After my opening remarks, I told a Paiute story about a time in the ancient past when all living things spoke the same language. Sadly, that common language was lost due to division and fear. Yet today, despite our differences, we are still able to speak with our hearts to one another through the language of stories. And I said that was exactly what we were about to do.
We traced the roots of storytelling all the way back to our tribal ancestors who told stories around the fire for the purpose of uniting the tribe around a common message. Now, all these thousands of years later, here we sat, around a modern day fire -- four small candles (not to mention the fire in our hearts!) -- united around a message of hope for a better world in the service of others. We discussed the oral tradition and how stories had been handed down by word-of-mouth to our present day. Our goal for the day would be to craft a “New Story” that envisions the future and serves as a map for our lives moving forward.
But enough of theory! Time to walk the talk! We jumped to our feet and built bridges with our bodies. Physical bridges that were simultaneously figurative bridges connecting two human beings in a spirit of community. We made several bridges, then partnered up and discussed ways we can build bridges in the real world. Then we engaged in a series of one-on-one storytelling interactions on topics such as: Making a difference with your work. The impact words had on you, or your words had on another. People who have made a difference in your life.
After a short break, I told an Irish story about the strength of working together. Then it was play-time again as we went outside and broke up into groups of six, locked arms and played a game in which the object was to keep a balloon afloat through teamwork. Back inside the zendo, we shared stories of solidarity and teamwork. Then each person was asked to reflect on the story of their past—their personal journey, their family story, their cultural story. I asked them to tell this story in the third person. The third person perspective gave the activity an unexpected power, as many of the participants were moved to tears. The objectivity of the third person created a distance between the teller and the story that engendered a profound empathy that stirred up a surprisingly emotional response. The third person perspective created a kind of detachment that allowed the tellers to suspend judgment and reflect on their personal stories from a fresh point of view.
Lunch on the outdoor patio was a joyful sharing of animated conversation and vegan food, prepared by sisters Sandy and Helen. At 2:00 we returned to the zendo to complete our work. I began by telling my revisionist version of The Three Little Pigs
. In this version, the first pig builds a mansion out of greed; the second build a fortress out of anger. Since both of the houses are built on a shaky foundation they’re easily blown down. The third pig builds his house out of compassion. Since it’s built on a solid foundation, nothing can bring it down. And he and his family live…happily ever after.
Ah, if only it was like that in real life. But wait. We’re talking about the ServiceSpace community here! If anyone can turn a fantasy into reality they’re the ones to do it. And so they did. In small groups (Never underestimate the power of a small group of committed individuals!) they spontaneously crafted stories that built a bridge from the past to the future. Stories full of hope and optimism. Stories that were part affirmation of wisdom and part visualization of the change we’d like to see in the world. Initially they told these stories in groups of four. Then, after the entire group reconvened back in the zendo, participants were asked to recommend those storytellers whose stories should be shared with everyone. Wouldn't you know it, these kind folks chose some of the shyest, softest-spoken members of their groups to share. People who didn’t demand to be heard, but whose voices stood out for that very reason. By the time the final story settled into silence, each of us had created a new story for a new world. A story that will live and breathe and continue to be revised and actualized through the ongoing process of our spiritual practice.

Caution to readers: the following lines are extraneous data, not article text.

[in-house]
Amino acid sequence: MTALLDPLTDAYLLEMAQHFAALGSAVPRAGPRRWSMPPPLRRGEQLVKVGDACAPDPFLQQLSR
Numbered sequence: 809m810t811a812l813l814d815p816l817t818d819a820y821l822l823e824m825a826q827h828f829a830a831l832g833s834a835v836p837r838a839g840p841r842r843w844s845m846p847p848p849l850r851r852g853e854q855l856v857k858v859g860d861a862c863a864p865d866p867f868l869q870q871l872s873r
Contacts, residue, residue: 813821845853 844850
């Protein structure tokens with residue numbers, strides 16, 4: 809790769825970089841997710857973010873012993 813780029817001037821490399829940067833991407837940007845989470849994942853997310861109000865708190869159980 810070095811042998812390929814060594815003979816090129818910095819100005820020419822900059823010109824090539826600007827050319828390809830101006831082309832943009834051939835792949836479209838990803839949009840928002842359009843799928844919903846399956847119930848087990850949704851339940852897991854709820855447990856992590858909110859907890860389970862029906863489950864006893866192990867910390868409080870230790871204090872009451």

Outside of the zendo is a pathway that winds around the Banyan Grove. Nipun explained the practice of three steps, one bow, and suggested we give it a try. The tradition is hundreds of years old, practiced by sages in China and India. It was inspired most recently by the example of our Dharma friend, Buddhist monk, Reverend Heng Sure
, who completed a 900 mile pilgrimage from Los Angeles to Ukiah between May 1977 and October 1979 in which he made a full prostration to the ground every third step, palms turned upward.
All forty of us lined up single file on the pathway outside the zendo. We bowed around the grounds of the Banyan Grove in silence for forty minutes. Later, Rick
, who drove me here, stated that the power of the practice was so immediate, that he burst into tears upon the very first bow.
We assembled back in the zendo where we engaged in an Imagine Circle. Each person voiced a wish beginning with the word, “Imagine.” I began the exercise by saying, “Imagine a world where children are never separated from their families.” After each wish, the entire group, in unison, voiced the word, “Imagine.”
When the final collective imagine was voiced, we rose as one and wrapped our arms around each other. Then Nipun led us into something he calls the cinnamon roll. Like a cinnamon roll, the circle curled up into a massive group hug in which everyone was physically and spiritually close. Love abounded and unrestrained smiles filled every face.
After one of the longest goodbyes I can ever recall -- no one wanted to leave! -- we hiked down to our cars, taking with us the bliss of the retreat and the intention to pay that joy forward to all living beings who weren’t able to attend. Each of us left with a new story to tell. And plenty of work to do before the story ends.